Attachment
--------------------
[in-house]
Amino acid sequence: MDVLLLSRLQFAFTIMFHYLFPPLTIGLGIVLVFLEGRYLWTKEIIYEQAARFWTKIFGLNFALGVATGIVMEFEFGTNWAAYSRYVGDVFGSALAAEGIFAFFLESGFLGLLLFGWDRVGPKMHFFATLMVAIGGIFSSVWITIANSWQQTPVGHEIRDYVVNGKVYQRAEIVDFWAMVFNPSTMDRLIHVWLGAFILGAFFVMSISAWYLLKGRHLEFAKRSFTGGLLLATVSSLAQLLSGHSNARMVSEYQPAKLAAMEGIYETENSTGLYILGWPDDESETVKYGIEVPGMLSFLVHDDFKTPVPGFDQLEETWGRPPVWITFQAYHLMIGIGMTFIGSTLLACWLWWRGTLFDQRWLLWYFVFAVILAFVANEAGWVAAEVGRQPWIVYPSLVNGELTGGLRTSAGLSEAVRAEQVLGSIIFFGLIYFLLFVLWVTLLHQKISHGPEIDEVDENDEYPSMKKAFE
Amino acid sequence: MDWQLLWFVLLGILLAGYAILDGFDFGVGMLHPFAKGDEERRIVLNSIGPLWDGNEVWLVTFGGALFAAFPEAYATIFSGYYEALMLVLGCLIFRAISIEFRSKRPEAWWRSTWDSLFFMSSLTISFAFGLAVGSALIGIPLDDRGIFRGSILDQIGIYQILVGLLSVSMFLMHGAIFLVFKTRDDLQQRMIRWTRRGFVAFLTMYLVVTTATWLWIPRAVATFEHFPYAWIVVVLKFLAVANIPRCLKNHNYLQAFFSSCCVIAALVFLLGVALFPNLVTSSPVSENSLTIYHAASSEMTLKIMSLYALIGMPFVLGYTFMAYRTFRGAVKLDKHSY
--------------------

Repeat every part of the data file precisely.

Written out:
[in-house]
Amino acid sequence: MDVLLLSRLQFAFTIMFHYLFPPLTIGLGIVLVFLEGRYLWTKEIIYEQAARFWTKIFGLNFALGVATGIVMEFEFGTNWAAYSRYVGDVFGSALAAEGIFAFFLESGFLGLLLFGWDRVGPKMHFFATLMVAIGGIFSSVWITIANSWQQTPVGHEIRDYVVNGKVYQRAEIVDFWAMVFNPSTMDRLIHVWLGAFILGAFFVMSISAWYLLKGRHLEFAKRSFTGGLLLATVSSLAQLLSGHSNARMVSEYQPAKLAAMEGIYETENSTGLYILGWPDDESETVKYGIEVPGMLSFLVHDDFKTPVPGFDQLEETWGRPPVWITFQAYHLMIGIGMTFIGSTLLACWLWWRGTLFDQRWLLWYFVFAVILAFVANEAGWVAAEVGRQPWIVYPSLVNGELTGGLRTSAGLSEAVRAEQVLGSIIFFGLIYFLLFVLWVTLLHQKISHGPEIDEVDENDEYPSMKKAFE
Amino acid sequence: MDWQLLWFVLLGILLAGYAILDGFDFGVGMLHPFAKGDEERRIVLNSIGPLWDGNEVWLVTFGGALFAAFPEAYATIFSGYYEALMLVLGCLIFRAISIEFRSKRPEAWWRSTWDSLFFMSSLTISFAFGLAVGSALIGIPLDDRGIFRGSILDQIGIYQILVGLLSVSMFLMHGAIFLVFKTRDDLQQRMIRWTRRGFVAFLTMYLVVTTATWLWIPRAVATFEHFPYAWIVVVLKFLAVANIPRCLKNHNYLQAFFSSCCVIAALVFLLGVALFPNLVTSSPVSENSLTIYHAASSEMTLKIMSLYALIGMPFVLGYTFMAYRTFRGAVKLDKHSY